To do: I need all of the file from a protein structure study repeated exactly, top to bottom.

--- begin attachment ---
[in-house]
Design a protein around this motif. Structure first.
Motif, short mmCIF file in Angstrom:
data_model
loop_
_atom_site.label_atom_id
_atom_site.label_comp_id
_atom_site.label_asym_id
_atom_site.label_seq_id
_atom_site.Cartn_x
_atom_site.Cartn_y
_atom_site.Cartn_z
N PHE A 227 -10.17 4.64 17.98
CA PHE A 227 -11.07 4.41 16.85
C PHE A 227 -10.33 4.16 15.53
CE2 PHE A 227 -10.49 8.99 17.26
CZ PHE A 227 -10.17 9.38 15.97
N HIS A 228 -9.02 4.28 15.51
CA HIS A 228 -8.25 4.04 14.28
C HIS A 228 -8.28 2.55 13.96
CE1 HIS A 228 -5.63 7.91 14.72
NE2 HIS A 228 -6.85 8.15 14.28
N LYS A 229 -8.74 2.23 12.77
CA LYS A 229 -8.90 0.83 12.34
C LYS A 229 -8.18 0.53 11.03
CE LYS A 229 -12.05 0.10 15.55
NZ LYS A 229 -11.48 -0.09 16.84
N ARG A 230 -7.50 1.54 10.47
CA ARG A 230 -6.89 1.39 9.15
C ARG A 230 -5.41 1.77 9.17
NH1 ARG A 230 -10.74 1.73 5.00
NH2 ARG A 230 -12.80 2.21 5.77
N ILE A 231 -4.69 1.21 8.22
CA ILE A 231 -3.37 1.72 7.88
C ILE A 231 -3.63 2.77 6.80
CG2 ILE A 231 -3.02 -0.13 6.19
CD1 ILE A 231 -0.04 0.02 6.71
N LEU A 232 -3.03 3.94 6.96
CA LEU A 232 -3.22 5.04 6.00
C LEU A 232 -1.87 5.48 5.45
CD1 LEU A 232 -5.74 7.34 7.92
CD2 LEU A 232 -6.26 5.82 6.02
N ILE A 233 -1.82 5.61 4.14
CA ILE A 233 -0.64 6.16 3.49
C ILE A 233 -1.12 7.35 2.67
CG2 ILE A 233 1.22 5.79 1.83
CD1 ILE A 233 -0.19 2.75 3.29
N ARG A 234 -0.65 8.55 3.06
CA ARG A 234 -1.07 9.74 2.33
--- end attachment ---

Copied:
[in-house]
Design a protein around this motif. Structure first.
Motif, short mmCIF file in Angstrom:
data_model
loop_
_atom_site.label_atom_id
_atom_site.label_comp_id
_atom_site.label_asym_id
_atom_site.label_seq_id
_atom_site.Cartn_x
_atom_site.Cartn_y
_atom_site.Cartn_z
N PHE A 227 -10.17 4.64 17.98
CA PHE A 227 -11.07 4.41 16.85
C PHE A 227 -10.33 4.16 15.53
CE2 PHE A 227 -10.49 8.99 17.26
CZ PHE A 227 -10.17 9.38 15.97
N HIS A 228 -9.02 4.28 15.51
CA HIS A 228 -8.25 4.04 14.28
C HIS A 228 -8.28 2.55 13.96
CE1 HIS A 228 -5.63 7.91 14.72
NE2 HIS A 228 -6.85 8.15 14.28
N LYS A 229 -8.74 2.23 12.77
CA LYS A 229 -8.90 0.83 12.34
C LYS A 229 -8.18 0.53 11.03
CE LYS A 229 -12.05 0.10 15.55
NZ LYS A 229 -11.48 -0.09 16.84
N ARG A 230 -7.50 1.54 10.47
CA ARG A 230 -6.89 1.39 9.15
C ARG A 230 -5.41 1.77 9.17
NH1 ARG A 230 -10.74 1.73 5.00
NH2 ARG A 230 -12.80 2.21 5.77
N ILE A 231 -4.69 1.21 8.22
CA ILE A 231 -3.37 1.72 7.88
C ILE A 231 -3.63 2.77 6.80
CG2 ILE A 231 -3.02 -0.13 6.19
CD1 ILE A 231 -0.04 0.02 6.71
N LEU A 232 -3.03 3.94 6.96
CA LEU A 232 -3.22 5.04 6.00
C LEU A 232 -1.87 5.48 5.45
CD1 LEU A 232 -5.74 7.34 7.92
CD2 LEU A 232 -6.26 5.82 6.02
N ILE A 233 -1.82 5.61 4.14
CA ILE A 233 -0.64 6.16 3.49
C ILE A 233 -1.12 7.35 2.67
CG2 ILE A 233 1.22 5.79 1.83
CD1 ILE A 233 -0.19 2.75 3.29
N ARG A 234 -0.65 8.55 3.06
CA ARG A 234 -1.07 9.74 2.33